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I was a little perturbed about the concept of the show – a musical about the Bryant & May factory staff, the illness caused by their exposure to phosphorus, and their struggle for equality, aided by Annie Besant.  But what I saw was a gritty, believable production, showing us the struggles of the working population in 1888, with some good old East End knees-up type music, interspersed with meaningful numbers, all of which was delivered beautifully by the cast.

The set was minimal but nicely thought out and constructed, giving the cast room to move freely, and incorporating different levels for visual interest.  The props were also good and in keeping with the period, which all helped with the authentic feel.  

I liked the lighting, it enhanced the various moods encompassed in the piece, and helped create a lot of the feel of the times.  The start to Waiting was very atmospheric too.  Sound was also good throughout.

St Andrew’s Church is a lovely venue to stage such productions, as the atmosphere of the church helps with the atmosphere generally.

Costumes were all very suitable for the period, with the workers clothes contrasting nicely with the more opulent wear of Annie Besant and George Bernard Shaw.  

The choreography was good, I particularly liked Mind you Bert, and the finale, which incorporated the bows.  We’re Gonna Show ‘Em was very forceful, which was great for the music.  Everything appeared to work well, and was suitable for the cast and the music, so it all looked natural, but was interesting.  La Di Dah was a very rousing chorus.

Musically very good, even with a change of MD along the way, I was impressed with the general standard of everyone, and the band accompanied well.  I really liked the change of tempo between the verse and chorus in Mind you Bert, and there were some nice harmonies along the way.

Act 2 Scene 7 was a lovely moment between Joe and Kate.

Jo Yirrell created a lovely character as Kate, the leader of the strike who was befriended by Annie Besant, and encouraged by her to do something about her lot in life.  Emotionally and musically Jo was both charming and tough, and showed a caring side when confronted by the other girls and their problems, and then her indecision about whether to go to America with Joe or not (which in the end turned out to not be needed).

Michelle Arnold created a lovely foil to Kate, as Annie Besant, and also showed a certain deference to George Bernard Shaw, who was very nicely played by Malcolm Farrar.  We got the feeling of the friendship between the two, who looked perhaps to each other for reassurance and advice.  A nice pairing, ably assisted by Frances Hall who played Annie’s assistant Paula.  I got the feeling of a warm friendly lady who looked after her employer very well.

Allanah Rogers was a lovely Polly, showing all the confidence of a teenage girl, whilst not being sure what the next day would bring.  Sang and acted very well, I think this is probably the best thing I have seen Allanah do.

Mrs Purkiss gave Tracey Chatterley the chance to craft a motherly yet firm woman, wanting the best for her daughter and herself.  I really felt for them when Winnie lost her baby.  Keri Marie Barnett was a new face to me, and I liked what she did with the part.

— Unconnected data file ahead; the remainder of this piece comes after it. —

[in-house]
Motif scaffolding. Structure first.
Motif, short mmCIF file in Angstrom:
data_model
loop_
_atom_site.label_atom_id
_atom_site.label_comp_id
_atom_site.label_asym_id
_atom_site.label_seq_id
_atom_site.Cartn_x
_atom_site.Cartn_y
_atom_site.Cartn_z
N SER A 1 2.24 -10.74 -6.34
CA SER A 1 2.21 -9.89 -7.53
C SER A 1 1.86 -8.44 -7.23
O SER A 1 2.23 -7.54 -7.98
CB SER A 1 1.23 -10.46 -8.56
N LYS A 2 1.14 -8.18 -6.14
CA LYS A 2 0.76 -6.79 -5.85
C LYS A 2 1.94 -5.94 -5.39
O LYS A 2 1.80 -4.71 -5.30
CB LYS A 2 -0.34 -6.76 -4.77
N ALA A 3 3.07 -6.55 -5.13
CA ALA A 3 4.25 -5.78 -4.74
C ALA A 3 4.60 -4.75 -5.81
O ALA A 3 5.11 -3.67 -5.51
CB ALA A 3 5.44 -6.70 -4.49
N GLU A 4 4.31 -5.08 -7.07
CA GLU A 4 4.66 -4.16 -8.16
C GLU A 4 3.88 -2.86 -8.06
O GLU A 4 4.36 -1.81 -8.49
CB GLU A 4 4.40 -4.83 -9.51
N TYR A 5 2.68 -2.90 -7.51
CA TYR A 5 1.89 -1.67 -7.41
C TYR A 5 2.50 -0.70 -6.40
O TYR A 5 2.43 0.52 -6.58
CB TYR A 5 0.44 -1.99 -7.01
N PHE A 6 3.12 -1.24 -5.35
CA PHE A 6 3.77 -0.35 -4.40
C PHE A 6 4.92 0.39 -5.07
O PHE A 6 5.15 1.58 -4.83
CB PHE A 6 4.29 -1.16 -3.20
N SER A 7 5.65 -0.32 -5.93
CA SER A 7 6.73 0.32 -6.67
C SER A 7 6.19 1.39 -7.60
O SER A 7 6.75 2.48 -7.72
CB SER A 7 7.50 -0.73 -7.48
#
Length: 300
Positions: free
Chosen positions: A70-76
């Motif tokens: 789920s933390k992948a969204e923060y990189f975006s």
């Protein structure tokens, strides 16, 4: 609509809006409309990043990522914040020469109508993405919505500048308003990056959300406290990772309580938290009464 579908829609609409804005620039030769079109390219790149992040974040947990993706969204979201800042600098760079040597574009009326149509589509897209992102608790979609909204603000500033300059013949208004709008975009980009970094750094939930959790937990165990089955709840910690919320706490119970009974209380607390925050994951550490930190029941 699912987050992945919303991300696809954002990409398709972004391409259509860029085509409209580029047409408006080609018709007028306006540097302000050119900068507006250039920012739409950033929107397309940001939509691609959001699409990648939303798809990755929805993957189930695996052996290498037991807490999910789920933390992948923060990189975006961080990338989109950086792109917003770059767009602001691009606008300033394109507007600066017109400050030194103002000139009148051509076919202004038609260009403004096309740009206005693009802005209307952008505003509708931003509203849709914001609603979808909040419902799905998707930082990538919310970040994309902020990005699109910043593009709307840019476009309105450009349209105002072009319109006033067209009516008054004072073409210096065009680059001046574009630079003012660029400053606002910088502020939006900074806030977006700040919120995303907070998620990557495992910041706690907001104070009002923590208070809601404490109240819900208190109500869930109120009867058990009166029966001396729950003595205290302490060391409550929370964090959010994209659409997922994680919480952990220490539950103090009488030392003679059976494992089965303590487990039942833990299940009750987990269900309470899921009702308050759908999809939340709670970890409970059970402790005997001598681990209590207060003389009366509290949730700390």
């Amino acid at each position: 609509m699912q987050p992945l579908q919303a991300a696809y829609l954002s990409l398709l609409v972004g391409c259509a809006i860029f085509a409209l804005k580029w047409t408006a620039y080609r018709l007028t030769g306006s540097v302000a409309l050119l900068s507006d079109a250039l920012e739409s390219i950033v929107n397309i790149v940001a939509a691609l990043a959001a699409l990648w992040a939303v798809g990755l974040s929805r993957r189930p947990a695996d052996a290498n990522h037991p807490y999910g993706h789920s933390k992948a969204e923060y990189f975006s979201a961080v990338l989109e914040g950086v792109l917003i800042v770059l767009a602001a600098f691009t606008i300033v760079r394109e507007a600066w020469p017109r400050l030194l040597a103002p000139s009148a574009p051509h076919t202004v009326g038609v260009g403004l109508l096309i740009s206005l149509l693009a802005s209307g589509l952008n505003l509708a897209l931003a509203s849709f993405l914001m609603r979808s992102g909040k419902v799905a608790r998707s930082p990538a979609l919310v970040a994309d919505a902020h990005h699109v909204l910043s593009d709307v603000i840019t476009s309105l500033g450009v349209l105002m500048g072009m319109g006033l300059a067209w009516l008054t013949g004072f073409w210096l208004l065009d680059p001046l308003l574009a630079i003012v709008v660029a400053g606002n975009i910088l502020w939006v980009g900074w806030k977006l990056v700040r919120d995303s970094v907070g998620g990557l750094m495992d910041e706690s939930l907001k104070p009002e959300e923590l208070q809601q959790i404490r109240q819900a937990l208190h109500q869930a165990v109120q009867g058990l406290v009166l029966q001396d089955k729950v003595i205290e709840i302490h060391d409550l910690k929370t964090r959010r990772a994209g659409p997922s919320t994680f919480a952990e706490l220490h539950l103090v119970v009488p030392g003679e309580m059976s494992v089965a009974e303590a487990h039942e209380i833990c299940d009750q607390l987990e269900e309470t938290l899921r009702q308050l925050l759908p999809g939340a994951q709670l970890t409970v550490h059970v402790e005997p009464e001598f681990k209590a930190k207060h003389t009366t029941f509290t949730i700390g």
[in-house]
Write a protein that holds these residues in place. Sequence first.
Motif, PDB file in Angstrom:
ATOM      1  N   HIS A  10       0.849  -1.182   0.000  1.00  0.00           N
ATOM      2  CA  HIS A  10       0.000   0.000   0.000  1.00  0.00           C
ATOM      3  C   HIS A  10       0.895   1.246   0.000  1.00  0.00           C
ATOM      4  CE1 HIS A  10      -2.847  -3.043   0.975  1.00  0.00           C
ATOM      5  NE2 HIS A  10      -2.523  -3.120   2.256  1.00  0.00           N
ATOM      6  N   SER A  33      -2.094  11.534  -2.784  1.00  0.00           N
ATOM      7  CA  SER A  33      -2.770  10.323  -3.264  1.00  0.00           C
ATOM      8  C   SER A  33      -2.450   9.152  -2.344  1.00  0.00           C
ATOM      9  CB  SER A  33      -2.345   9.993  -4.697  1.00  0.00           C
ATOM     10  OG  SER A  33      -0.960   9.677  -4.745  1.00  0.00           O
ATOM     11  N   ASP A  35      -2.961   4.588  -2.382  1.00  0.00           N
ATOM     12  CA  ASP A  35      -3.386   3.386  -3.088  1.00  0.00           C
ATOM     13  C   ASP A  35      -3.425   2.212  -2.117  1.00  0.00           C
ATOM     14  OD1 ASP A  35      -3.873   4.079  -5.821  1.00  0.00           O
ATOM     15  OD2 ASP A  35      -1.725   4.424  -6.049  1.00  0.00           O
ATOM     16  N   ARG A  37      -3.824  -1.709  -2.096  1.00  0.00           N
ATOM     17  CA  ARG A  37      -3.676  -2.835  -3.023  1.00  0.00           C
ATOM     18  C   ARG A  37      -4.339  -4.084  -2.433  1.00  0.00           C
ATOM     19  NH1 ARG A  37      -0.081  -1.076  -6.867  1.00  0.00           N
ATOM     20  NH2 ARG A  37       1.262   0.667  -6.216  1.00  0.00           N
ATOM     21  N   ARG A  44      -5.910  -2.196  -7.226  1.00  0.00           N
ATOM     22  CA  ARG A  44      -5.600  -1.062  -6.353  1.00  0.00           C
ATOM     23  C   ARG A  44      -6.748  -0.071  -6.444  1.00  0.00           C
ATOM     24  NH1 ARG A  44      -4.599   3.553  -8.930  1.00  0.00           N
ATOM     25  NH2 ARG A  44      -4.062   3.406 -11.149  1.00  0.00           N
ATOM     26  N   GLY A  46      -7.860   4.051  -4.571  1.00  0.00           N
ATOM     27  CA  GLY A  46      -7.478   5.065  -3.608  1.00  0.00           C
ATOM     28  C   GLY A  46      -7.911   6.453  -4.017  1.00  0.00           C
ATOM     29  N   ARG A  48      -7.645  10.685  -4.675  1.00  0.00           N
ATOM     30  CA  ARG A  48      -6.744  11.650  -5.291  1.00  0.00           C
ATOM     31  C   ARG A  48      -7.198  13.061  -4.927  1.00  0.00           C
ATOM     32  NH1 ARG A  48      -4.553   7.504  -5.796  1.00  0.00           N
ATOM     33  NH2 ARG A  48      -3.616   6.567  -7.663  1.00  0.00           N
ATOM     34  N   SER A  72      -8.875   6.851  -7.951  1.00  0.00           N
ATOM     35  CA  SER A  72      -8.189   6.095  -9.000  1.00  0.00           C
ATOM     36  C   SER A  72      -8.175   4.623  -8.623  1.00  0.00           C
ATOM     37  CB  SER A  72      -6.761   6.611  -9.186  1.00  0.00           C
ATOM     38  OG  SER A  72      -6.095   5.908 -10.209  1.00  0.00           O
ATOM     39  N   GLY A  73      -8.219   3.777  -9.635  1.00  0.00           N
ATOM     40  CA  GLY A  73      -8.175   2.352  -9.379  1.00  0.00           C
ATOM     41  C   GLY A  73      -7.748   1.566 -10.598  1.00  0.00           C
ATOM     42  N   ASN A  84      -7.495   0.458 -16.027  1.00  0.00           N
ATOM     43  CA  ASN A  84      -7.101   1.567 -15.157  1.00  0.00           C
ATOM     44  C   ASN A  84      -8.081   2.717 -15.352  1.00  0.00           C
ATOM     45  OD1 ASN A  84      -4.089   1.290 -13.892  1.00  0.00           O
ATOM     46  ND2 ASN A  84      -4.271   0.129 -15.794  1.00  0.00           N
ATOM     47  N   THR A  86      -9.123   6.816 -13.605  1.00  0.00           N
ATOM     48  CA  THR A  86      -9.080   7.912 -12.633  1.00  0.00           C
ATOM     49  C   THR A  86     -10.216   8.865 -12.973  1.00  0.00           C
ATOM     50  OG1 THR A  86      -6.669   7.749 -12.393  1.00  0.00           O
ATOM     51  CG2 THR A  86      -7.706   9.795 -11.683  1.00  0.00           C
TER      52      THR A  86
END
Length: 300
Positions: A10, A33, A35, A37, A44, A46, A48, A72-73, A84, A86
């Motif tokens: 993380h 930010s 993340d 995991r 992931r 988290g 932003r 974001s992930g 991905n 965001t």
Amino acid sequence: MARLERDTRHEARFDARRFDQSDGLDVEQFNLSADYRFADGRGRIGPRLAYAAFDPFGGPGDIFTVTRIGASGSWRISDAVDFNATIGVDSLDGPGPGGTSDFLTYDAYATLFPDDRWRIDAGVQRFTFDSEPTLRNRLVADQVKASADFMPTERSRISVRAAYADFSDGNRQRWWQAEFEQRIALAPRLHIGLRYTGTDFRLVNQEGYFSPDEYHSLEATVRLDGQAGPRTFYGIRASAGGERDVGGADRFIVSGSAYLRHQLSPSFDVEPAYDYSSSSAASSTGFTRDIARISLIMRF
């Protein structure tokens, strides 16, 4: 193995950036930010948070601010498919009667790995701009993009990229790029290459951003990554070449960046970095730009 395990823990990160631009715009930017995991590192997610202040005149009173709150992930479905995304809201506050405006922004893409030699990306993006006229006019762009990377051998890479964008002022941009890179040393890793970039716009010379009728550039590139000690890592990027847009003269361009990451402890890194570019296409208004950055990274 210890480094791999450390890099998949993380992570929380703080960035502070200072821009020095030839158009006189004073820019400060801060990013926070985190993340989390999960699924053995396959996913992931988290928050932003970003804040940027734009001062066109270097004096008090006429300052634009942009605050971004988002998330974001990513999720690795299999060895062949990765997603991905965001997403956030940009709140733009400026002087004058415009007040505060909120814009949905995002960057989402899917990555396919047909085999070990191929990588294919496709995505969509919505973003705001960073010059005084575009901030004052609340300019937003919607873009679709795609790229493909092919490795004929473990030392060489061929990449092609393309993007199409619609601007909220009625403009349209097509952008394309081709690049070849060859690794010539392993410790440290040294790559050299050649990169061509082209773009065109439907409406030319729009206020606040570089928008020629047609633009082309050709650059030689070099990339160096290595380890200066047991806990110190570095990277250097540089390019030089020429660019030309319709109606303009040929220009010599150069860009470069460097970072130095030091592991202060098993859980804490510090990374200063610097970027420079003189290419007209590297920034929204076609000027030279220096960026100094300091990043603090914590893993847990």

Valerie Mills was the ascerbic Old Min, a part which really suited her, with Sharon Robinson as Maggie, again plenty for Sharon to get her teeth into, well-acted.

I liked Evie Wright’s rather sly Jessie, trying to win Joe’s affections away from Kate, a good characterisation.

Karen Franks as Dot showed the two sides of life with her relative acceptance of the work, and then her anguish when she was hurt.  

As the only child in the cast I thought Charlotte Lovelock gave a very well-crafted performance as Louie, she really held her own with the adults, and again it was probably the best portrayal I have seen from her to date – well done!

Then we come to the men, not often that in general they took a back seat to the strong ladies, but they all had their own characters and didn’t disappoint.

Reece Lowen was a good Foreman Mynel, only appearing at the beginning, but a good strong portrayal of an unforgiving man, intent only on getting the work done.  Reece then took on the role of Tom, a nicer more jolly part altogether.

Terry Mills was Mr Potter, who cast doom and gloom with his predictions, a nice part.

Bert and Perce two of the dockers were played convincingly by Unami Tenga and Scott Newman respectively, helping keep the balance between male and female very well.

I liked Joe Hawkins as Joe, Kate’s boyfriend, he created some lovely moments with Kate, and although I haven’t heard him sing before he showed a very pleasant voice.

I thoroughly enjoyed this production, which I must admit I was not expecting to do, I liked the characters created by the cast, the musical numbers which were catchy and the thought-provoking premise of equality for women in a very unequal age.  Well done everyone, a good evenings entertainment.

St. Andrew’s Players


review date: 19th May 2018 - St Andrew’s Church

    Director: Malcolm Farrar Choreographer: Sarah Albert

MD’s: Emily Wright and Richard Cowling

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